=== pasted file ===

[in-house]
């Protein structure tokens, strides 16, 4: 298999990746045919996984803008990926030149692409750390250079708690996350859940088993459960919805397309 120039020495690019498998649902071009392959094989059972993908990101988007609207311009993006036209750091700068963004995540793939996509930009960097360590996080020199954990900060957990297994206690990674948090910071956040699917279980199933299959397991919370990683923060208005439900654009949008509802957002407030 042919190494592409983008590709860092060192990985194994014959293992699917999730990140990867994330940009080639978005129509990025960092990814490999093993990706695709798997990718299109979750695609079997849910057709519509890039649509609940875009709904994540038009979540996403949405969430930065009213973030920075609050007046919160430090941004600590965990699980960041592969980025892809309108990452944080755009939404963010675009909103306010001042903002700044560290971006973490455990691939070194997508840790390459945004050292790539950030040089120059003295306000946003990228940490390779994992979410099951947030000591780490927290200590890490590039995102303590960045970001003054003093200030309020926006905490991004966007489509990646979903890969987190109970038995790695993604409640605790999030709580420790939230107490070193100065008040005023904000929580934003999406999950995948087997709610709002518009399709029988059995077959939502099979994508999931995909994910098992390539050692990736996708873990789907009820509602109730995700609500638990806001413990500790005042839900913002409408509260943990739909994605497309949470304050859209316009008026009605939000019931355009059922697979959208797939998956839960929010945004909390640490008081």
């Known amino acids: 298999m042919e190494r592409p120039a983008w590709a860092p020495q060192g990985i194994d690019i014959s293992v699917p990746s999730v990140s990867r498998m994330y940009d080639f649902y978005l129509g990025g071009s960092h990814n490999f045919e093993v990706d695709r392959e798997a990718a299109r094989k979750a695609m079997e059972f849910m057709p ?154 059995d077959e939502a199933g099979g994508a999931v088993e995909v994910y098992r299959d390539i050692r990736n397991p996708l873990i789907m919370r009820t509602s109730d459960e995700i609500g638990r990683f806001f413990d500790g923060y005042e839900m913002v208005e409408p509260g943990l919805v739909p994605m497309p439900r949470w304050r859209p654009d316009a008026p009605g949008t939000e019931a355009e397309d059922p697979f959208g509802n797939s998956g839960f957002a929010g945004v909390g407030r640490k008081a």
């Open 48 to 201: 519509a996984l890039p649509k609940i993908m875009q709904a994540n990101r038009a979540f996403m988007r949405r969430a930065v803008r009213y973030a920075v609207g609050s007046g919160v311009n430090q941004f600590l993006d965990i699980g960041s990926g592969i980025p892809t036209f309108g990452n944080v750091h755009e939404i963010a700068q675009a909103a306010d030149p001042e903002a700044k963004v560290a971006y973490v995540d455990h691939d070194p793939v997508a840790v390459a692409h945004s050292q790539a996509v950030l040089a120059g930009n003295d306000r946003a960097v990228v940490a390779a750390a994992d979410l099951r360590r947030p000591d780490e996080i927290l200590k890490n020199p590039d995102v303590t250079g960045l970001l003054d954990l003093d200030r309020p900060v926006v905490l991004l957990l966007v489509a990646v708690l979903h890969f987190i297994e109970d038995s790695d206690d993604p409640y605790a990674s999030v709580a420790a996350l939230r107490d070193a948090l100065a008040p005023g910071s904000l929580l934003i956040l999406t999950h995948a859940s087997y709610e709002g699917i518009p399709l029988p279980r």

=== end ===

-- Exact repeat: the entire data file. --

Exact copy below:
[in-house]
């Protein structure tokens, strides 16, 4: 298999990746045919996984803008990926030149692409750390250079708690996350859940088993459960919805397309 120039020495690019498998649902071009392959094989059972993908990101988007609207311009993006036209750091700068963004995540793939996509930009960097360590996080020199954990900060957990297994206690990674948090910071956040699917279980199933299959397991919370990683923060208005439900654009949008509802957002407030 042919190494592409983008590709860092060192990985194994014959293992699917999730990140990867994330940009080639978005129509990025960092990814490999093993990706695709798997990718299109979750695609079997849910057709519509890039649509609940875009709904994540038009979540996403949405969430930065009213973030920075609050007046919160430090941004600590965990699980960041592969980025892809309108990452944080755009939404963010675009909103306010001042903002700044560290971006973490455990691939070194997508840790390459945004050292790539950030040089120059003295306000946003990228940490390779994992979410099951947030000591780490927290200590890490590039995102303590960045970001003054003093200030309020926006905490991004966007489509990646979903890969987190109970038995790695993604409640605790999030709580420790939230107490070193100065008040005023904000929580934003999406999950995948087997709610709002518009399709029988059995077959939502099979994508999931995909994910098992390539050692990736996708873990789907009820509602109730995700609500638990806001413990500790005042839900913002409408509260943990739909994605497309949470304050859209316009008026009605939000019931355009059922697979959208797939998956839960929010945004909390640490008081």
């Known amino acids: 298999m042919e190494r592409p120039a983008w590709a860092p020495q060192g990985i194994d690019i014959s293992v699917p990746s999730v990140s990867r498998m994330y940009d080639f649902y978005l129509g990025g071009s960092h990814n490999f045919e093993v990706d695709r392959e798997a990718a299109r094989k979750a695609m079997e059972f849910m057709p ?154 059995d077959e939502a199933g099979g994508a999931v088993e995909v994910y098992r299959d390539i050692r990736n397991p996708l873990i789907m919370r009820t509602s109730d459960e995700i609500g638990r990683f806001f413990d500790g923060y005042e839900m913002v208005e409408p509260g943990l919805v739909p994605m497309p439900r949470w304050r859209p654009d316009a008026p009605g949008t939000e019931a355009e397309d059922p697979f959208g509802n797939s998956g839960f957002a929010g945004v909390g407030r640490k008081a």
């Open 48 to 201: 519509a996984l890039p649509k609940i993908m875009q709904a994540n990101r038009a979540f996403m988007r949405r969430a930065v803008r009213y973030a920075v609207g609050s007046g919160v311009n430090q941004f600590l993006d965990i699980g960041s990926g592969i980025p892809t036209f309108g990452n944080v750091h755009e939404i963010a700068q675009a909103a306010d030149p001042e903002a700044k963004v560290a971006y973490v995540d455990h691939d070194p793939v997508a840790v390459a692409h945004s050292q790539a996509v950030l040089a120059g930009n003295d306000r946003a960097v990228v940490a390779a750390a994992d979410l099951r360590r947030p000591d780490e996080i927290l200590k890490n020199p590039d995102v303590t250079g960045l970001l003054d954990l003093d200030r309020p900060v926006v905490l991004l957990l966007v489509a990646v708690l979903h890969f987190i297994e109970d038995s790695d206690d993604p409640y605790a990674s999030v709580a420790a996350l939230r107490d070193a948090l100065a008040p005023g910071s904000l929580l934003i956040l999406t999950h995948a859940s087997y709610e709002g699917i518009p399709l029988p279980r």